The bulk of Saturday morning was spent at Laura Hare Preserve. I was searching for HERMIT THRUSH, WINTER WREN, and LOUISIANA WATERTHRUSH. I ended up seeing one Hermit Thrush and 3 Louisiana Waterthrushes. But no photos.
And the reason for no photos was because I finally got a new camera. A Nikon Coolpix P900. Which I wasn’t having much luck with Saturday. So the time at Celery Bog was as much for birding as to take the time to learn the camera.
One could get use to birding Celery Bog on a regular basis. Nice habitat and access. I spent 2-1/2 hours walking the length of the area.
The most abundant bird after AMERICAN COOTS and TREE SWALLOWS were YELLOW-RUMPED WARBLERS. I had a minimum of 25.
There were also a fair assortment of waterfowl and my FOS GREAT EGRET.
I heard a BLACK-THROATED GREEN WARBLER calling in the woods which I hadn’t expected. It stuck to the tops of the trees but I did manage a few shots.
The highlight of the day came at the end of the walk. There was a RED-SHOULDERED HAWK ahead on the path. I watched it eating something and then it seemed to carry it away. A mouse a maybe?
Here is the sequence of events.
And just so you know I wasn’t sold on the camera after Saturday. But the day at Celery Bog swayed my opinion. I think the improved photos show that.
I’ll blog about the new camera soon and keep reviewing it through migration.
Funny how your birding perspective changes on January 1. Birds people haven’t really been interested in except on a superficial level are now important. Need to get them checked off the list so you won’t need to worry about them later in the year. I’d like to say I’m immune to that feeling but I’m not. I think keeping a list and targeting certain birds keeps one going out in the field on a regular basis.
So with that I was up early in the cold on January 1 listening for owls at Johnson County Park. And in pretty quick succession I heard an EASTERN SCREECH-OWL and a BARRED OWL at their usual locations. I started to worry about the GREAT HORNED OWLS but they finally start calling, albeit a little later than usual. With a little extra time I tried for NORTHERN SAW-WHET OWL but to no avail. Since I have heard the 3 normally occurring owls for our area I will continue to try for a Northern Saw-whet.
I took a quick look at one of the local ponds before continuing on and mixed in the 400+ Mallards were 3 NORTHERN PINTAILS and 4 AMERICAN BLACK DUCKS. Those were the first Northern Pintails that I have seen in Johnson County in over a year. Otherwise it continues to be species sparse.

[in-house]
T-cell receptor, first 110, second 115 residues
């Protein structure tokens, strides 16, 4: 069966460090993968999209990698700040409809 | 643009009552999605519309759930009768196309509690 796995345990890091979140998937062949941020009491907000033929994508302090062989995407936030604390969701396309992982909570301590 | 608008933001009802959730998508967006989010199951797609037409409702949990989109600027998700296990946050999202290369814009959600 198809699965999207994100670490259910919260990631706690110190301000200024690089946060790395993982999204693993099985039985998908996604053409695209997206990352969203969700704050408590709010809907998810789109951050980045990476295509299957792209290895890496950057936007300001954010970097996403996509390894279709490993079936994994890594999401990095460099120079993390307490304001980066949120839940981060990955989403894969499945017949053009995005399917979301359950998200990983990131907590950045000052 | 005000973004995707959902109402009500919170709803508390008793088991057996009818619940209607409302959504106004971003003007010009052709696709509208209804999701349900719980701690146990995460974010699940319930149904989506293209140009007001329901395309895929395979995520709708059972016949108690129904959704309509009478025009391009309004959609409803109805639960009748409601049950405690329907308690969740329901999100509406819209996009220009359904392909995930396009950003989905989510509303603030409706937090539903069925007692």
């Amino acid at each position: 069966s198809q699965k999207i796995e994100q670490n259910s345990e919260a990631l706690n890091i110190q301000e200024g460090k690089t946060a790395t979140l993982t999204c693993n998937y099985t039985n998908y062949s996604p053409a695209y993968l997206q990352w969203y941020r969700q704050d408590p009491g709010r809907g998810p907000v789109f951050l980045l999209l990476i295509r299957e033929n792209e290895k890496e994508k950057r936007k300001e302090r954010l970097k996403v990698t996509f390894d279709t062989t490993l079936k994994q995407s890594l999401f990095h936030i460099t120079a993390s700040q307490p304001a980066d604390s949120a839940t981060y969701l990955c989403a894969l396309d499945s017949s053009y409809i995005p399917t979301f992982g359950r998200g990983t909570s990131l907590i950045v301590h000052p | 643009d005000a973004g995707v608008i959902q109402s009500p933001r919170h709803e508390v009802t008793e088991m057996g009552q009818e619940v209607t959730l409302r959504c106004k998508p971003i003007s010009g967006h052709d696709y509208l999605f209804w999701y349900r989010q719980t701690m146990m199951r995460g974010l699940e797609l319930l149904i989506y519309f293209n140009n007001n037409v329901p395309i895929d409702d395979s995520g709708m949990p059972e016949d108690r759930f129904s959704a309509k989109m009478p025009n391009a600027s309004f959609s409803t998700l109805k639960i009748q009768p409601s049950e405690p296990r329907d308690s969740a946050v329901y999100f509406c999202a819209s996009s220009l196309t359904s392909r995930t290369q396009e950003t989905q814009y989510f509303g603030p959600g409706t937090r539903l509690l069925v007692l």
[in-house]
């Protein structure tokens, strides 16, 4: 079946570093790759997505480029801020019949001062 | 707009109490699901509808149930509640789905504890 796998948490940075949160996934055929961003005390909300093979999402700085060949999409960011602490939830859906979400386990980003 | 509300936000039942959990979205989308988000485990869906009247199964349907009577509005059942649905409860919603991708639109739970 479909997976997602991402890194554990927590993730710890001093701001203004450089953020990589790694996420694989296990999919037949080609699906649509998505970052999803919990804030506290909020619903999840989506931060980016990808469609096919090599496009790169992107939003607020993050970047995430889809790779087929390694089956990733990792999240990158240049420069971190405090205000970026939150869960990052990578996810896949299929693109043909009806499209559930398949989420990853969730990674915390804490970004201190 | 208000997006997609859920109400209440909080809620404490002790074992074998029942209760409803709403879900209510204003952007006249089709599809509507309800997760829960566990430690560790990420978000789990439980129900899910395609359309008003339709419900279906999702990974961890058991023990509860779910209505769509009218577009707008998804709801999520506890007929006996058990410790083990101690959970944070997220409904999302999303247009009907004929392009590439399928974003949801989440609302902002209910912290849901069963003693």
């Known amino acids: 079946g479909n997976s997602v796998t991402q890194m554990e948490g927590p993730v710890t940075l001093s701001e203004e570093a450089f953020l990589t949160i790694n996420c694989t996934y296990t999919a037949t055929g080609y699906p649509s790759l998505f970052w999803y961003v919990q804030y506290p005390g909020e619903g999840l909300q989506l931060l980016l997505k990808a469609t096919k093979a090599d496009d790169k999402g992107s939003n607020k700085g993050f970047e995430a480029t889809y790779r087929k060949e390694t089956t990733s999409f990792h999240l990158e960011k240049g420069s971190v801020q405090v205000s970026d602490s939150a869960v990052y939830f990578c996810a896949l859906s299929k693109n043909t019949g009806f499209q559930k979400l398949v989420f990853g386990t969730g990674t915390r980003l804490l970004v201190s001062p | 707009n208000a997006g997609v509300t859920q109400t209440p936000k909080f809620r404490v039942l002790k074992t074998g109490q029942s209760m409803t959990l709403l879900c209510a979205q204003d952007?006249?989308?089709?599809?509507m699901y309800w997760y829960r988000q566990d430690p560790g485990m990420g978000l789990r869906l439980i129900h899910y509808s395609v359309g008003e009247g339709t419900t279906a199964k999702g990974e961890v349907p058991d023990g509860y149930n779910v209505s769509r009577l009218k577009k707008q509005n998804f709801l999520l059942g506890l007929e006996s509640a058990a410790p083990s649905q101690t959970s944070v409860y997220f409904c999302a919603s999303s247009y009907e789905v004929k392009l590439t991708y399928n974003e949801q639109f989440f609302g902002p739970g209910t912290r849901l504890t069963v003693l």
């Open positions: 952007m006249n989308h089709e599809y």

Driving on I noticed large white birds in a flooded field just north of Driftwood SWA. Luckily it was early and a holiday since this was a busy road. How often do you get a break like that? Still thinking they were Snow Geese when I got out of the car I heard the call of a Swan. Not an expert at all but it sounded like the WHOOP of a TRUMPETER SWAN instead of the barking of the Tundra’s. I watched them with cars buzzing by and then headed to Driftwood. And while at Driftwood they went flying by headed south. So I was at the right place at the right time for once.
I can’t find any other records of Trumpeter’s in Johnson County so these could be the first recorded. And as always if I have these ID’d wrong let me know.
On to Driftwood which wasn’t birdy but the water level was very high from all the recent rains. AMERICAN TREE SPARROWS were the highlight with several flocks.
The rest of the day in southern Johnson County was uneventful except for a TURKEY VULTURE that was still present and the continuing migration of SANDHILL CRANES.
In the slightly unusual sightings department I saw a RED-SHOULDERED HAWK fly into a tree at the local Meijer’s store on the way home. I would say it’s an odd location but I have seen both Cooper’s and Red-tailed Hawks in the same area.
Mike called at 10:30 Sunday morning saying that Eric Ripma had reported on FaceBook a PACIFIC LOON and EARED GREBE at 10:05 from Rick’s Cafe on Eagle Creek Reservoir. I had planned on going out later that morning locally but figured I’d go along for the search. So for the 4th time in my years of birding I was going to chase a bird(s).
Mike picked me up and we were off to Rick’s. On the way we discussed the pertinent field marks of both species and how they differed from COMMON LOONS and HORNED GREBES. Both which should be present in good numbers.
My only encounter with an Eared Grebe was one in Illinois that was in almost breeding plumage. But I was almost certain I hadn’t seen a Pacific Loon. There was a question in my mind about our trip to Oregon a few years ago and trouble ID’ing a loon. And checking it appears I decided it was a Common Loon. So no Pacific Loon on my list.